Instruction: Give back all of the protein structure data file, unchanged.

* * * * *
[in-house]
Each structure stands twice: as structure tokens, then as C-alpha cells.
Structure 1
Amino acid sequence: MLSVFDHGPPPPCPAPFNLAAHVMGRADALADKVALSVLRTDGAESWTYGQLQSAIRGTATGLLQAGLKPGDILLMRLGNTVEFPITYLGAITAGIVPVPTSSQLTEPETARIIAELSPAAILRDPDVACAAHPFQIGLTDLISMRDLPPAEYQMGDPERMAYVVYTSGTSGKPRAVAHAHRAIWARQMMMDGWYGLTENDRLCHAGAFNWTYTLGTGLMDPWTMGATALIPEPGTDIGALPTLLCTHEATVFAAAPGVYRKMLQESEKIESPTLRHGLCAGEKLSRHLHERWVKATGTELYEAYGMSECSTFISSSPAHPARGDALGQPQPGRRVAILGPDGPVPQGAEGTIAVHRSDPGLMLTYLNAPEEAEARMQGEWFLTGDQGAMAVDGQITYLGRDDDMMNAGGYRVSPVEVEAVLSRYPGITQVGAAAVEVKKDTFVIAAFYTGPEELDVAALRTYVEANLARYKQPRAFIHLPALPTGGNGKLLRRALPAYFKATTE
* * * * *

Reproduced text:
[in-house]
Each structure stands twice: as structure tokens, then as C-alpha cells.
Structure 1
Amino acid sequence: MLSVFDHGPPPPCPAPFNLAAHVMGRADALADKVALSVLRTDGAESWTYGQLQSAIRGTATGLLQAGLKPGDILLMRLGNTVEFPITYLGAITAGIVPVPTSSQLTEPETARIIAELSPAAILRDPDVACAAHPFQIGLTDLISMRDLPPAEYQMGDPERMAYVVYTSGTSGKPRAVAHAHRAIWARQMMMDGWYGLTENDRLCHAGAFNWTYTLGTGLMDPWTMGATALIPEPGTDIGALPTLLCTHEATVFAAAPGVYRKMLQESEKIESPTLRHGLCAGEKLSRHLHERWVKATGTELYEAYGMSECSTFISSSPAHPARGDALGQPQPGRRVAILGPDGPVPQGAEGTIAVHRSDPGLMLTYLNAPEEAEARMQGEWFLTGDQGAMAVDGQITYLGRDDDMMNAGGYRVSPVEVEAVLSRYPGITQVGAAAVEVKKDTFVIAAFYTGPEELDVAALRTYVEANLARYKQPRAFIHLPALPTGGNGKLLRRALPAYFKATTE